|Jan-09-03|| ||Ashley: Many believe that Anand lost the match by repeating his game six opening in game ten and allowing the world champion to even the score by crushing him with home preparation. Others claim it was this earlier game. After the excellent 19. e5 Anand missed the winning 20. exf6 Bxf6 21. Bxh7+ forcing 21…Kxh7 22. Ng5+ winning as in 22… Bxg5 23. fxg5 Kg6 24. Rf6+ gxf6 25. gxf6+ Kh5 26. Qh3+ Kg5 27. Rf1 Qd7 28.Rf4. Anand would have had to find a lot of super moves over the board, not just 20 and 21, but 24 and 28. |
|Jan-09-03|| ||Sabatini: What if 27…e5 was played? |
|Jan-09-03|| ||Ashley: If 27…e5 28. Be3+ Kg6 29. Qh6+ Kf7 30. Qg7+ Ke6 31. Qe7# |
|Jan-09-03|| ||Ashley: It is not exactly forced, however it has to be played to avoid g6+. |
|Jan-09-03|| ||knight errant: Is 23…Kg6 actually forced? Can 22...Kg6 be played instead of 22...Bxg5? Sorry for reposting, now half of your answer will be above my question. |
|Jan-10-03|| ||PVS: This game reminds me of the famous Fischer vs Geller, 1967 game. In that game the key move missed by Fischer [20. Qf4] was analysed subsequently as a win against all possible defences, but the winning lines were considered possibly too difficult to have been found over the board. Has 22…Kg8 been examined for instance? In reply to knight errant, I think 22…Kg6 is demolished by 23. f5+ exf5 24. Nge4+ Kh7 25. Bxf6. |
|Jan-10-03|| ||Samuel Maverick: chessgames.com--This game is from the 1995 world championship match in New York City. |
|Jan-15-03|| ||Ashley: Chessgames.com. Mr. Maverick is correct, this game is from the 1995 world championship match. It is game three. |
|Sep-08-03|| ||Omar1: A pretty boring game really.Just a mass of exchanges in the centre.Bishops of opposite color almost always equates to a draw! |
|Sep-09-03|| ||seoulmama: Omar, purchase Muller and Lamprecht's FCE, and you will see that not all opposite colored bishop endings are drawn. |
|Sep-09-03|| ||seoulmama: Hmm... call me crazy, but I really can't see a way for Black to claim 27... e5 legal... |
|Sep-09-03|| ||seoulmama: Oh, sorry. I thought u were talkin' about this game. |
|Apr-11-05|| ||dragon40: This was a very exciting game!
Anand's 19. e5! really had Kasparov reeling and he should have won, as demonstrated by <Ashley> and that excellent analysis he gave!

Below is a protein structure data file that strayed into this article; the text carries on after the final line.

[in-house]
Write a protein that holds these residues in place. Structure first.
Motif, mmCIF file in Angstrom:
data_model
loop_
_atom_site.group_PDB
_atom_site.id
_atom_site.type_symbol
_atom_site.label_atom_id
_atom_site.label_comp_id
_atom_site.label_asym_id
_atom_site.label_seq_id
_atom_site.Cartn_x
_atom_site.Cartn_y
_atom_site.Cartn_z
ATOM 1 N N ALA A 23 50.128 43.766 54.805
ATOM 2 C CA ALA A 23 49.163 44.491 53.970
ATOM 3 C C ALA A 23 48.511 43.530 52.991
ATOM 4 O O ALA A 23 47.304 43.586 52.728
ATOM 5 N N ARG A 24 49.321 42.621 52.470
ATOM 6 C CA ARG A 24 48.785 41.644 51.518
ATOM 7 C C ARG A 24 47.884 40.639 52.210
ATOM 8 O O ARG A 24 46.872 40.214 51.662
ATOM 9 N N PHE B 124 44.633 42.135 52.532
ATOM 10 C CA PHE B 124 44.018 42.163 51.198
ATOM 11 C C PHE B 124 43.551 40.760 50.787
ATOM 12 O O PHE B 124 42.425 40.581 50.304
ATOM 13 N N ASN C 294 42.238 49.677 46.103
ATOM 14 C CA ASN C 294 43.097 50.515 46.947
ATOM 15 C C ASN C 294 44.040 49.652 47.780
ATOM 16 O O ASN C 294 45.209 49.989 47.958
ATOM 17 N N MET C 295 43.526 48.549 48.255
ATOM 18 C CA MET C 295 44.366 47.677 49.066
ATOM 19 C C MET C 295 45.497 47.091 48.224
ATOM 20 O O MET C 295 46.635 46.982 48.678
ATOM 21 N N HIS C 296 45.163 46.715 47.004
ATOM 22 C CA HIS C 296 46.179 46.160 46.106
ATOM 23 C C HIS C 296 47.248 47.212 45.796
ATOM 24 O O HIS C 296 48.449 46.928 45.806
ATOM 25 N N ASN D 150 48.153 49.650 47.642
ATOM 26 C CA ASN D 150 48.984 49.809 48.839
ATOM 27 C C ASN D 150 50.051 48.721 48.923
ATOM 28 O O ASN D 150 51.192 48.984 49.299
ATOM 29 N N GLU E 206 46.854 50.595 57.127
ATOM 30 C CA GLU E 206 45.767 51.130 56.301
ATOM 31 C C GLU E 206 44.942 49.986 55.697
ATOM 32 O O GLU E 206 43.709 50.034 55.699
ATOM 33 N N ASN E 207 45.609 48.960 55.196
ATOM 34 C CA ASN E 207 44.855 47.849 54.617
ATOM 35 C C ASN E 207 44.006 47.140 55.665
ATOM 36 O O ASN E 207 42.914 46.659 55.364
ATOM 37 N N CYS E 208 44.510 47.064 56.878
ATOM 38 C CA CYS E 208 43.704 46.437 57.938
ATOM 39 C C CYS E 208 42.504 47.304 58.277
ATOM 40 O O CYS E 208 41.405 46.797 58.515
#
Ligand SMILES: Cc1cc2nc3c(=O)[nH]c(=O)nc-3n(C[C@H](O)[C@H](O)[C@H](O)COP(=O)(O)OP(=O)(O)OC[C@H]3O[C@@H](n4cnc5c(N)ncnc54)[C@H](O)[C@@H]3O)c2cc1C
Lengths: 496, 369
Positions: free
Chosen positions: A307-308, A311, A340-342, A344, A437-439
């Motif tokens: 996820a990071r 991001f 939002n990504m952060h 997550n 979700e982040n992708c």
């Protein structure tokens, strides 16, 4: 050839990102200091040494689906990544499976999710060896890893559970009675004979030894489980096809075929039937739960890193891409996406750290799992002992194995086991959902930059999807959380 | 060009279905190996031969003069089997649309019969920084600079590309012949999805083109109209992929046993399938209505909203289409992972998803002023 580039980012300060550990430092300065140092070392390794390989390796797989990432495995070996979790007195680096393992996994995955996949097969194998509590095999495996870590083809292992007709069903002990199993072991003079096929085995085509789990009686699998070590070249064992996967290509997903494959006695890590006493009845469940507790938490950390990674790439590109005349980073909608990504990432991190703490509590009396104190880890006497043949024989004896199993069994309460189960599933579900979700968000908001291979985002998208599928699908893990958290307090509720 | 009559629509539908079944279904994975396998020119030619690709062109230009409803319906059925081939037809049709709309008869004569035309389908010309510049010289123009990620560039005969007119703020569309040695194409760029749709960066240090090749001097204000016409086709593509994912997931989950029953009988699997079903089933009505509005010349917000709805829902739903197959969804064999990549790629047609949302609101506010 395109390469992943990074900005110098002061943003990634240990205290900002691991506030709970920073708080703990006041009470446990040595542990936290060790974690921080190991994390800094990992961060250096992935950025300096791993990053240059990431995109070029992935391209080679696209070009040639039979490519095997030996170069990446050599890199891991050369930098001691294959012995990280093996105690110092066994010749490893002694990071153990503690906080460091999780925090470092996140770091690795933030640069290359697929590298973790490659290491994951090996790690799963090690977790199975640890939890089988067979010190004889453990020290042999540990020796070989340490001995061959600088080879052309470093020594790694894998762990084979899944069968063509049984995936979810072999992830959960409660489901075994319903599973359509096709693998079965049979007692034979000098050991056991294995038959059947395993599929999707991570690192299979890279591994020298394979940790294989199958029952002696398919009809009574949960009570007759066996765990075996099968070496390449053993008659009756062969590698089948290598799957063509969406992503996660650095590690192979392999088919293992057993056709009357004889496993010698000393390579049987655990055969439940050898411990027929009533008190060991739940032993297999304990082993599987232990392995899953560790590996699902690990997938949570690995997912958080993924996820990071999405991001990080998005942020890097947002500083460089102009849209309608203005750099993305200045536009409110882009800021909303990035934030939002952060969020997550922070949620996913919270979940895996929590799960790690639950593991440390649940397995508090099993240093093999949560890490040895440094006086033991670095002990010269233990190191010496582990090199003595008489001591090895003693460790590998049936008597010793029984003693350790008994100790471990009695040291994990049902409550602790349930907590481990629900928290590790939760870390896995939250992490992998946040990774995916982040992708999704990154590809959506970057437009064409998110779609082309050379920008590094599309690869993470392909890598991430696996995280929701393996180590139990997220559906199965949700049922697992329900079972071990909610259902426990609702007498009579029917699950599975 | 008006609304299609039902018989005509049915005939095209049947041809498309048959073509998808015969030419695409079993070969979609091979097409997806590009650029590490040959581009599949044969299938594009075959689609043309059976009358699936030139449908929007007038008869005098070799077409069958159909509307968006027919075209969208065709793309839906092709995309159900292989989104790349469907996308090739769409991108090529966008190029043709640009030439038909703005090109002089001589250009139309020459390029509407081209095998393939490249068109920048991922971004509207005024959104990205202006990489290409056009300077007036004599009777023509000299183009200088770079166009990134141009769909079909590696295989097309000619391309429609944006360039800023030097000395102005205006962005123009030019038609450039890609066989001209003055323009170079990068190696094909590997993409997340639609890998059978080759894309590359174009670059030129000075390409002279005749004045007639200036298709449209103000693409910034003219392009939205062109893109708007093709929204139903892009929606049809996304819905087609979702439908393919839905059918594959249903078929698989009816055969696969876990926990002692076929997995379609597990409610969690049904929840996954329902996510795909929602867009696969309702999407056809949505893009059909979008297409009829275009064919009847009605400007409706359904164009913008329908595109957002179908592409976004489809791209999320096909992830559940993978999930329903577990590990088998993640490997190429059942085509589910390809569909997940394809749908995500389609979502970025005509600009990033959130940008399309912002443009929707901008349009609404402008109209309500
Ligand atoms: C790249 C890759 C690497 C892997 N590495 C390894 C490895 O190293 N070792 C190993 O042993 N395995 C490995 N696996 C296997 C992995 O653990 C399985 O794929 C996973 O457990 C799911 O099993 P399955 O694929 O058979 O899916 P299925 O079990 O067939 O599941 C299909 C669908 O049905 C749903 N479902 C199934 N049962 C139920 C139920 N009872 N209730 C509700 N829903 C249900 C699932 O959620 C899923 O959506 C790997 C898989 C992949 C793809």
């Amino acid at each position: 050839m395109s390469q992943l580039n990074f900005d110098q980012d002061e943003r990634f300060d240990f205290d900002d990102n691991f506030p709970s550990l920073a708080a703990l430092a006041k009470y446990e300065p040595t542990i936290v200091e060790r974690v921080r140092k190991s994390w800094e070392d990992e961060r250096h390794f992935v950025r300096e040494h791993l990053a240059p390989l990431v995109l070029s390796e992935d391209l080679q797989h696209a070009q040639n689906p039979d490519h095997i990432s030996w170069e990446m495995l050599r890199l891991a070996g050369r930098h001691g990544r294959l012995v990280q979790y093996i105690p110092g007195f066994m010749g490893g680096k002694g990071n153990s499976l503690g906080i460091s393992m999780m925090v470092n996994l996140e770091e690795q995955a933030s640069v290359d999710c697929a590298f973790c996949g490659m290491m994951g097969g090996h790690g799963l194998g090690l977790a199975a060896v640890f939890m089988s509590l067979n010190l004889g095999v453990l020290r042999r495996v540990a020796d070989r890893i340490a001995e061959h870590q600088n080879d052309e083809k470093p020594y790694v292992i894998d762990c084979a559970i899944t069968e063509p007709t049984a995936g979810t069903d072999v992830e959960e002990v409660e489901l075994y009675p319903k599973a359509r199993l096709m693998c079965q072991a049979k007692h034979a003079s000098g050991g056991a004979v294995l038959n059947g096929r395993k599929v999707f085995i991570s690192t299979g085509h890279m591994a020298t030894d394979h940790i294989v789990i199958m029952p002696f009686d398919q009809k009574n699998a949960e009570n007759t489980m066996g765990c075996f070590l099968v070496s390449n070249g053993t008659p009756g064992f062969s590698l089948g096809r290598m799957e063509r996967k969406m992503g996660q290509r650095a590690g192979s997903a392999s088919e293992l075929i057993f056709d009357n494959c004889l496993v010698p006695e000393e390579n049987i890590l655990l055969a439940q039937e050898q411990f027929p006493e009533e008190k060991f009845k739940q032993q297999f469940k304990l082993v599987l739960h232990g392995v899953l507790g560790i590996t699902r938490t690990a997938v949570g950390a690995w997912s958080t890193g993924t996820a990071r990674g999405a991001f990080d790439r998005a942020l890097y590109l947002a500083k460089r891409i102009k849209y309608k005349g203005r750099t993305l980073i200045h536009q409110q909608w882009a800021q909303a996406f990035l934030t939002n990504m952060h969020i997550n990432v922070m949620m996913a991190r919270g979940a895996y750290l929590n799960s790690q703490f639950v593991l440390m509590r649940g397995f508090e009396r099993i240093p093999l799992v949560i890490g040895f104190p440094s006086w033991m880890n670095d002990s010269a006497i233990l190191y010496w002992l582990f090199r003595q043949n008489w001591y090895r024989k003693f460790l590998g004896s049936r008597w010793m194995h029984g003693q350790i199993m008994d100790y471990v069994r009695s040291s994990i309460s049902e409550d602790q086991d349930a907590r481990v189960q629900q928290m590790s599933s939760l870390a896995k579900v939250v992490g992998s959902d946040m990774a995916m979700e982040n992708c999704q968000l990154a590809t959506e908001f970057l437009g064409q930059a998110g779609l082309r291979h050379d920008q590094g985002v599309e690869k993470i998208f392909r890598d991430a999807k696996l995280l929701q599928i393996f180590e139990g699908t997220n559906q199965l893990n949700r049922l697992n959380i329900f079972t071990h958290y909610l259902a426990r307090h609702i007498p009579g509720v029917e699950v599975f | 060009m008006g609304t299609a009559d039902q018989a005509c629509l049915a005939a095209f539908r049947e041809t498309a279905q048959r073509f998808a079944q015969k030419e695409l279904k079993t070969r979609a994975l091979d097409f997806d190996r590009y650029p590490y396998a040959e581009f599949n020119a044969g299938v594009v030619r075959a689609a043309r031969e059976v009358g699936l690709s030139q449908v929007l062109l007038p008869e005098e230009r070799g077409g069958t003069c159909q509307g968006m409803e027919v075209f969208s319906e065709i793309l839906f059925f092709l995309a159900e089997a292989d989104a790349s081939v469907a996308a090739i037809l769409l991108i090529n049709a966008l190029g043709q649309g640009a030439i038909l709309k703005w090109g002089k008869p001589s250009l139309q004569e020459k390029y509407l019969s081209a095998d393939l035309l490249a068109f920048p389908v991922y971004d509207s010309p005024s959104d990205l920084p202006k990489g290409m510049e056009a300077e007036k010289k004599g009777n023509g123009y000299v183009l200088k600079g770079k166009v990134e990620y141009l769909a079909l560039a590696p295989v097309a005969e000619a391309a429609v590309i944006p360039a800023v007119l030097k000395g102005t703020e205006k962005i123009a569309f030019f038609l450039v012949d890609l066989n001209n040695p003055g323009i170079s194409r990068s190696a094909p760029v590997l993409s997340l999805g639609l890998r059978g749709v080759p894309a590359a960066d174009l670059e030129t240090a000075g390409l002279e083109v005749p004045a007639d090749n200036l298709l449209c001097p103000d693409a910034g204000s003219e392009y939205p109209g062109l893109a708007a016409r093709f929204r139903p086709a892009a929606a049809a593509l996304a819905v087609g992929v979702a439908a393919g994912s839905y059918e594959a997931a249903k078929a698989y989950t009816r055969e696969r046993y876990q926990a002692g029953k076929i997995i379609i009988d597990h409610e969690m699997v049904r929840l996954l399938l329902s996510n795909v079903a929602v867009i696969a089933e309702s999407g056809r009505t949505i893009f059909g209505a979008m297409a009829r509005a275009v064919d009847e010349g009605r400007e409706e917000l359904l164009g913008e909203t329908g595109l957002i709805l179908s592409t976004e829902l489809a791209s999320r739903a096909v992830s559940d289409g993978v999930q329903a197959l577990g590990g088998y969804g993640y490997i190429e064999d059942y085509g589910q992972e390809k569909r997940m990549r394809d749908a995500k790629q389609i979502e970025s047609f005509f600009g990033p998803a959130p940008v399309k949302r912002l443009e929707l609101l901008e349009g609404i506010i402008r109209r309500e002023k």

After the game, Anand said he saw the Bishop sacrifice, but underestimated its strength. Also, Kasparov's reply <19...Rf8> came so fast that Anand may have believed Kasparov too had seen it, and it was not going to "work for him". (Anand spent 30 minutes on that 19th move, while Kasparov only took 2 minutes to play his reply)
|Nov-29-05|| ||morphyvsfischer: 15...Qd7 16 Nd4 seems to favor White.
19...dxe5 20 Bxh7+ Kxh7 21 fxe5 f5 22 Bxc5 Bxc5 23 Ng5+ with a dangerous attack.
20 exf6 Bxf6 21 Bxh7+ Kxh7 22 Ng5+ and now:
22...Bxg5 fxg5 and:
23...Nxc2?? 24 g6+ Kg8 25 Qh3 mates.
23...Bxg2 24 Kxg2 Qc6+ 25 Kg1 Kg6 26 Rf6+! gxf6 27 gxf6+ Kh5 28 Qh3+ Kg5 29 Be3+ Kxf6 30 Rf1+ Kg7 31 Bh6+ Kg6 32 Bxf8 wins.
23...Rh8 24 g6+ Kg8 25 Rf7 e5 26 Bxc5 with a bind.
23...Rxf1+ 24 Rxf1 Kg6 25 Qxd6 Qd7 26 Qxc5 Nxc2 27 Ne2! Nxd4 28 Nxd4 Bd5 29 Qc2+ Kxg5 30 Qh7 wins.
|Nov-29-05|| ||morphyvsfischer: Instead of 22...Bxg5, 22...Kg8 23 Qh4 Bxg5 24 fxg5 Qe8 25 Rxf8+ Kxf8 26 Rf1+ Kg8 (...Ke7 27 g6+ Kd7 28 Rf7+ Kc8 29 Bxg7 threatens Qxb4 and Rf8) 27 Bxg7! Kxg7 28 Qh6+ Kg8 and now:|
29 g6 Qd7 30 Rf7 Qxf7 31 gxf7+ Kxf7 32 Qh7+ Kf6 33 Qh4+ Kf7 34 Qxb4 Rg8 35 Kg1 Rxg2+ 36 Kf1 and White should win.
29 Rf6! Rc8 30 Rg6+ Qxg6 31 Qxg6+ Kf8 32 Qh7 wins.
17 ...Nc5? was the mistake.
|Nov-29-05|| ||morphyvsfischer: 20...Nxd3!? is more challenging: 21 Bxd6 Bxd6 22 exd6 Nxb2 and 21 exd6 Nxc5 22 dxe7 Rf7 are small advantages for White.|
33 Qxf7+ Kxf7 34 Bg4 Bc5 35 Bc8 b6 36 axb6 Bxb6 37 Bxa6 Ke6 is a draw.
|May-21-12|| ||Hesam7: <Ashley: Anand would have had to find a lot of super moves over the board, not just 20 and 21, but 24 and 28.>|
And he might not have been winning in the end. After 20. exf6 Bxf6 21. Bxh7+ Kxh7 22. Ng5+ Bxg5 23. fxg5 Rxf1+ 24. Rxf1 Kg6 25. Qxd6 Qd7 26. Qxc5, one can improve over <morphyvsfischer>'s 26. ... Nxc2? with 26. ... e5!
click for larger view
White is two pawns up, Black sacrifices another to attack the White King:
(A) 27. Bxe5 Qd2! 28. Qg1 (trading Queens does not help: 28. Qd6+ Qxd6 29. Bxd6 Nxc2 30. Kg1 Ne3! 31. Rf2 Rd8) 28. ... Re8 29. Rf2 Qxg5 30. Bd6 (30. Bc7 Kh7 and Black continues with Re5-Qg6-Rg5) 30. ... Qxa5 31. Qd1 Kh7
(B) 27. Qxe5 Re8! 28. Qf4 (only move; after 28. Qc5 Qg4 29. Rg1 Re1! 30. Qd6+ Re6 Black is winning!) 28. ... Nxc2
click for larger view
Black is threatening ... Ne1:
(B1) 29. Bf2!? Qf5 30. Qxf5+ Kxf5 31. h4 Kg4
(B2) 29. Bxg7!? Kxg7 30. Qf6+ Kg8 31. Qg6+ Qg7 32. Qxc2 Qxg5
(B3) 29. Ba7 Ne1 30. Rg1 Qd3 31. Qf2 Nxg2 32. Rxg2 Re5 33. Kg1 Bxg2 34. Kxg2 Rf5 35. Qe2 Rxg5+ 36. Kf2 Qxe2+ 37. Nxe2 Rxa5 =
(B4) 29. Bb6 Ne1 30. Rg1 Nxg2 31. Rxg2 Re1+ 32. Bg1 Qd3 33. Qf2 Re5 34. Qf4 Qh3 35. Qg3 Qxg2+ 36. Qxg2 Bxg2+ 37. Kxg2 Rxg5+ 38. Kf2 Rxa5 =
(B5) 29. Bc5?! Ne1 30. Kg1 Nxg2 31. Qg3 Qd2 32. Rd1 Qf4 =
Even with best play Black has a great deal of compensation for his material deficit.